Data-Driven Local Government Innovation
Data-powered insights are not the exclusive domain of the biggest central government departments. In cities and counties all over the UK, public sector organisations are developing innovation projects that harness the potential of data to design and deliver better services for residents.
At the Government Transformation Show, the panel discussion ‘Government Data & Local Innovation’ brought together local government data leaders to share their ideas and insights on data-driven innovation at a local level.
Dionne Lowndes - Chief Digital and Technology Officer, London Borough of Southwark
What happened quickly with the onset of the pandemic was the realisation that we needed to work across boundaries. The work that's been done with the voluntary sector has really highlighted the need for a future model of technology that can support agencies working with residents.
So we developed a vulnerability hub which highlighted that by sharing data with the different agencies, we could serve and support residents better. That really made us question the role of data in the organisation, and also the opportunities to work across the whole of the council to create a single view of the resident.
In Southwark, there's a real appetite to use digital, data and technology, so we're working with key parts of the business such as Adult Services, Children's Services, and Housing, to build that single view of residents. There’s a realisation that Children's Services and Adult Services benefit from information like housing data - it’s a more holistic view.
There's a transformation in the technology ecosystem now that means you don’t have to have separate systems in each department. With different technology stacks, there’s an opportunity to build different layers, power platforms, connecting different systems and using that for data to power business intelligence.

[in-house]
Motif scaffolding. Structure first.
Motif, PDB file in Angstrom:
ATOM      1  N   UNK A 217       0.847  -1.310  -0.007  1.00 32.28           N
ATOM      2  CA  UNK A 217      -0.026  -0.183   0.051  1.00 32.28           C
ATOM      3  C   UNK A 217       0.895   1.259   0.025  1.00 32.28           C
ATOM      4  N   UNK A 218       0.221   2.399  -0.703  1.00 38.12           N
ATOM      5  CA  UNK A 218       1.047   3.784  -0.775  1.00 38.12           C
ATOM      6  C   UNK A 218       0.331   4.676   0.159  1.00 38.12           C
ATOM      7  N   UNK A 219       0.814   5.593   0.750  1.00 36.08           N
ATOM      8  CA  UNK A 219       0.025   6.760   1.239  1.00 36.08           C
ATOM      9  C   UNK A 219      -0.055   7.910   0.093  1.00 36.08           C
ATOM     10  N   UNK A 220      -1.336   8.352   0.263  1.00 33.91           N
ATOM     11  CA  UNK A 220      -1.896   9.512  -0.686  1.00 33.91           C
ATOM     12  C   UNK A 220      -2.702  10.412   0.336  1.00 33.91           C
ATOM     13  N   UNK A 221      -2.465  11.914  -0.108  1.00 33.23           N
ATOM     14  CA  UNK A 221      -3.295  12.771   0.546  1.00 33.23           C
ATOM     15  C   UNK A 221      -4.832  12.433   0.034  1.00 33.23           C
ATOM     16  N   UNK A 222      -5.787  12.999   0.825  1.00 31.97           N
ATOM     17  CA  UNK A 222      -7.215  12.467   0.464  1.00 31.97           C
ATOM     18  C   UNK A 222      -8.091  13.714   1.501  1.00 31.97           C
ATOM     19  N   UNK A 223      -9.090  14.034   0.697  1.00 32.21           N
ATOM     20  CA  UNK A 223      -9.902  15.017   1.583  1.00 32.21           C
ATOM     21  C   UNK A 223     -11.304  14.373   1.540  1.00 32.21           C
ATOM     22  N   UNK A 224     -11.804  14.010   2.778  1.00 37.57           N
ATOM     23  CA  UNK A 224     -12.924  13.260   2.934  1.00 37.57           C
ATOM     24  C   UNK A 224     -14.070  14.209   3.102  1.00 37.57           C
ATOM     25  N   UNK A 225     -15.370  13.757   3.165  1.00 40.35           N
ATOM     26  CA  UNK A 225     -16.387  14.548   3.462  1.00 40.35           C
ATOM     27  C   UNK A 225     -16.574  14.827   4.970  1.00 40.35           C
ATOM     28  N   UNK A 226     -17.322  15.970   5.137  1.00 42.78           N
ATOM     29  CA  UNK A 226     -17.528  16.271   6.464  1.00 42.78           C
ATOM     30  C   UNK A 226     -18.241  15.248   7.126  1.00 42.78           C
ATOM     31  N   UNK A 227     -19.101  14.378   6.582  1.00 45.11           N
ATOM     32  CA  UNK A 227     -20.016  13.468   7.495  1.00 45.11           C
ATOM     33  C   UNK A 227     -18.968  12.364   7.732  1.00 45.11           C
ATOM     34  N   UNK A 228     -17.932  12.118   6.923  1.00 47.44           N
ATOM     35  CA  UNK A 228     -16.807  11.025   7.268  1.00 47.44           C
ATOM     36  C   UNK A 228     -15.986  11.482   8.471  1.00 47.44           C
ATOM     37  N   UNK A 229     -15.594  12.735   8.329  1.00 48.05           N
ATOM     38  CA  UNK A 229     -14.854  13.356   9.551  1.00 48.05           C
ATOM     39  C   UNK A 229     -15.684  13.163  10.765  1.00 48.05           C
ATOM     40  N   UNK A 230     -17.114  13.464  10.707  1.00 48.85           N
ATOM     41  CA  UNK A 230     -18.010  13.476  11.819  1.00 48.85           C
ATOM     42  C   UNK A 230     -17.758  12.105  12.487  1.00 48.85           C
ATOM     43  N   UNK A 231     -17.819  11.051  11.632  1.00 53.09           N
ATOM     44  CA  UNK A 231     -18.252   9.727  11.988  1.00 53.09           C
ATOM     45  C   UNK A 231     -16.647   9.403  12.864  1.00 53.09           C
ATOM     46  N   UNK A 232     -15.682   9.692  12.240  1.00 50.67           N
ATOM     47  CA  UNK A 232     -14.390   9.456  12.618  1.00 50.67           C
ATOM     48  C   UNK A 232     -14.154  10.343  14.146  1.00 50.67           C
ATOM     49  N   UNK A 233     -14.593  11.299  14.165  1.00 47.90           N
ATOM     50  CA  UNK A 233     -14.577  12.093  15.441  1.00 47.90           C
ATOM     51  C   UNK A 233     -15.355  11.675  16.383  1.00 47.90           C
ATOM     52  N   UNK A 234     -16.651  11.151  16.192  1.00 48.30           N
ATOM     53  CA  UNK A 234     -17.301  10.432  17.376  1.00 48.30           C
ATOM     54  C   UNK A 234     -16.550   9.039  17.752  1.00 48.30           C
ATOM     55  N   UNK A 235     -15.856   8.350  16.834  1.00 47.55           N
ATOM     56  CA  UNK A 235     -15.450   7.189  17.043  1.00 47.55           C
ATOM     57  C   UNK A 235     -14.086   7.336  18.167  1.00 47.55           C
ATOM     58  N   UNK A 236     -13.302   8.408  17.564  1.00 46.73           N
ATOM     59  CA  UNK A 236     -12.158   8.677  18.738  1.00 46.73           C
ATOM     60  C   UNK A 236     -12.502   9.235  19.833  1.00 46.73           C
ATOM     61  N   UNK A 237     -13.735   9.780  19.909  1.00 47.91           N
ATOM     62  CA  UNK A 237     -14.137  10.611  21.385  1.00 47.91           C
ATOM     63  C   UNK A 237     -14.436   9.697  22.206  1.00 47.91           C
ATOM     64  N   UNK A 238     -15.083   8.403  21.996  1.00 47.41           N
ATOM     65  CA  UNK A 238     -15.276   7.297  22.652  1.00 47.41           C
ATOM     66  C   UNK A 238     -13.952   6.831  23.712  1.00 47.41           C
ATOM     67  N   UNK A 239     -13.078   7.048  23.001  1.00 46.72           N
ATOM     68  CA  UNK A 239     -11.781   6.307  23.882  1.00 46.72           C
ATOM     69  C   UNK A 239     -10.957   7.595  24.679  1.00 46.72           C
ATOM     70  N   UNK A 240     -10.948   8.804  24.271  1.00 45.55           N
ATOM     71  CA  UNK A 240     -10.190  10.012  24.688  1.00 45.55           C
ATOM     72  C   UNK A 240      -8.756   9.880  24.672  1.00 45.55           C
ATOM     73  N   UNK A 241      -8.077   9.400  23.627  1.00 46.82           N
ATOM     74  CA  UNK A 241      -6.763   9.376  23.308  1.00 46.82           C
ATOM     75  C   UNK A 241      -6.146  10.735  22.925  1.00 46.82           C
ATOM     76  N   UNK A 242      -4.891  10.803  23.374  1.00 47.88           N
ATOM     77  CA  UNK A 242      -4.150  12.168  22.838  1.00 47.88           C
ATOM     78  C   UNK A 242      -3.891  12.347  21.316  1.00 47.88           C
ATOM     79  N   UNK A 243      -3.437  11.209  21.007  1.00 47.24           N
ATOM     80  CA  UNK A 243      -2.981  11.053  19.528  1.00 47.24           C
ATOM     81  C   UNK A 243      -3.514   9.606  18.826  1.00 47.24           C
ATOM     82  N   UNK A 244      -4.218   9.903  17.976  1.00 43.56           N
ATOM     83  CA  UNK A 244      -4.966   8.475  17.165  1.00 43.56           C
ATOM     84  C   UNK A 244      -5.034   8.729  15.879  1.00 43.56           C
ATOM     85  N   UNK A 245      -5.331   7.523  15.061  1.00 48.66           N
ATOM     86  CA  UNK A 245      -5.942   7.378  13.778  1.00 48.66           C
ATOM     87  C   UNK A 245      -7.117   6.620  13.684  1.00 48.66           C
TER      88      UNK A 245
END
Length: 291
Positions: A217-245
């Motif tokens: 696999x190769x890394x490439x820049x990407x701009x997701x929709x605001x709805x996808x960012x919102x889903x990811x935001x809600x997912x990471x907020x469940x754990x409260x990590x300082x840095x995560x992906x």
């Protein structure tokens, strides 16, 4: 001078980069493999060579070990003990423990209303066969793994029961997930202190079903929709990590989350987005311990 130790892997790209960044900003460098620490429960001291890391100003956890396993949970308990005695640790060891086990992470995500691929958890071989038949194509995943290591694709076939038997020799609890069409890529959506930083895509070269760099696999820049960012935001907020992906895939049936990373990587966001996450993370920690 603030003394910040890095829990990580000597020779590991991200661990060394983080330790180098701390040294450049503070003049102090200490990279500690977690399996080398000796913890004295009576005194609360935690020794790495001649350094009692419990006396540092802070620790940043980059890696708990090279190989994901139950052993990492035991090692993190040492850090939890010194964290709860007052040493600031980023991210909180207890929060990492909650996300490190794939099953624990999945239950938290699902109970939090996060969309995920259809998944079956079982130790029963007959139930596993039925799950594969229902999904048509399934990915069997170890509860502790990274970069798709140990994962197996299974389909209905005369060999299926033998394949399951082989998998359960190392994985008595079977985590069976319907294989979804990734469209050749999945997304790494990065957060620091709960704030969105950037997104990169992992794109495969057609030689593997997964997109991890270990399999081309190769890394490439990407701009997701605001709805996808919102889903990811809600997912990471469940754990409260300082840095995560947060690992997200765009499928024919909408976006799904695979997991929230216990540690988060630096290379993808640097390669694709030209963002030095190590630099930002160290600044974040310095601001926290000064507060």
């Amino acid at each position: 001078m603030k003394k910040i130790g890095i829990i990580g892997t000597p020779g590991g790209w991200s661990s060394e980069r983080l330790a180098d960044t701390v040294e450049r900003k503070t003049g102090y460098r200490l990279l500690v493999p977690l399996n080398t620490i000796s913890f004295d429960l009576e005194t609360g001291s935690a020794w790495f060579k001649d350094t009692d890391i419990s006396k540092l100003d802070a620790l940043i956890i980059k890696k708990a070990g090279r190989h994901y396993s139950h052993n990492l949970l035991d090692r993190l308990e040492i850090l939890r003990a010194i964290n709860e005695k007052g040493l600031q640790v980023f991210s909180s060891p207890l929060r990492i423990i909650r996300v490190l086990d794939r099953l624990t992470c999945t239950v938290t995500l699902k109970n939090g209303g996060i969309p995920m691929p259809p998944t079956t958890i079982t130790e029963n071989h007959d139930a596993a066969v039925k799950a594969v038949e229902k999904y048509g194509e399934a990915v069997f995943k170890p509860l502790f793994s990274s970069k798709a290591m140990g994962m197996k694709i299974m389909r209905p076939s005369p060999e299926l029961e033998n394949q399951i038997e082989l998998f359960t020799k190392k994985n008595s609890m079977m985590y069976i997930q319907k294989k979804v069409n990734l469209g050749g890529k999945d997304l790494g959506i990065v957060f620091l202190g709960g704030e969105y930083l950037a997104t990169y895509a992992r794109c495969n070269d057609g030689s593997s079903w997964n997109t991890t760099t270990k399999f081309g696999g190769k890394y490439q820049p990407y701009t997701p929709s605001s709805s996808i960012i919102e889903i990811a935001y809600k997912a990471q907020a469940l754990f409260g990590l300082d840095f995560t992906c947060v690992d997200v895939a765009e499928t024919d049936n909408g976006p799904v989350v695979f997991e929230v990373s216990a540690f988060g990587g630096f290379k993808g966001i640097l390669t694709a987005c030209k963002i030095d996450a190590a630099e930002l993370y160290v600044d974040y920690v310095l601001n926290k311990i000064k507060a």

There are a lot of quick wins to be had through working with other authorities and being a fast follower. There’s been a bit of elitism that says “we’ve got to create it to have it”, but now we think “borrow with pride”.
Frank Wood - Chief Analytical Officer, Leeds City Council
The pandemic created a drive towards innovation, use of digital, use of data, more granular use of data and access to data that really opened people's eyes to what could be done.
We have the Office of Data Analytics for Leeds and I think it's split fairly neatly into platform and people - the people who have the technical skills to develop and build that platform, and then the actual frontline service users who want access to that data. It’s about being able to put the data in the hands of the people who need to use it to make those better-informed decisions. The purpose of that data platform, whether we use cloud technology or whatever fits the purpose, is about being data-agnostic and feeding any data into that environment and then bringing it back out to the people who use it to make decisions.
Once you have that capability, the organisation needs to support laypeople to ask better questions of data. You can build step-by-step to improve the technical skills of the people who are putting these data together, they can then deliver it into the hands of the people that need to use it. This creates a virtuous circle, as the users ask better questions that challenge and improve the data quality.
Where you’re bringing in new technology and time-limited external support, are you making sure those contractors are transferring their knowledge into the organisation rather than leaving with it? It's often been the case that you have a contractor in perpetuity, because they're the only one that knows how to use this brand new system.
Build into those contracts that the external partner is going to transfer this knowledge, because we want to develop our in-house staff to use these new tools and technologies better.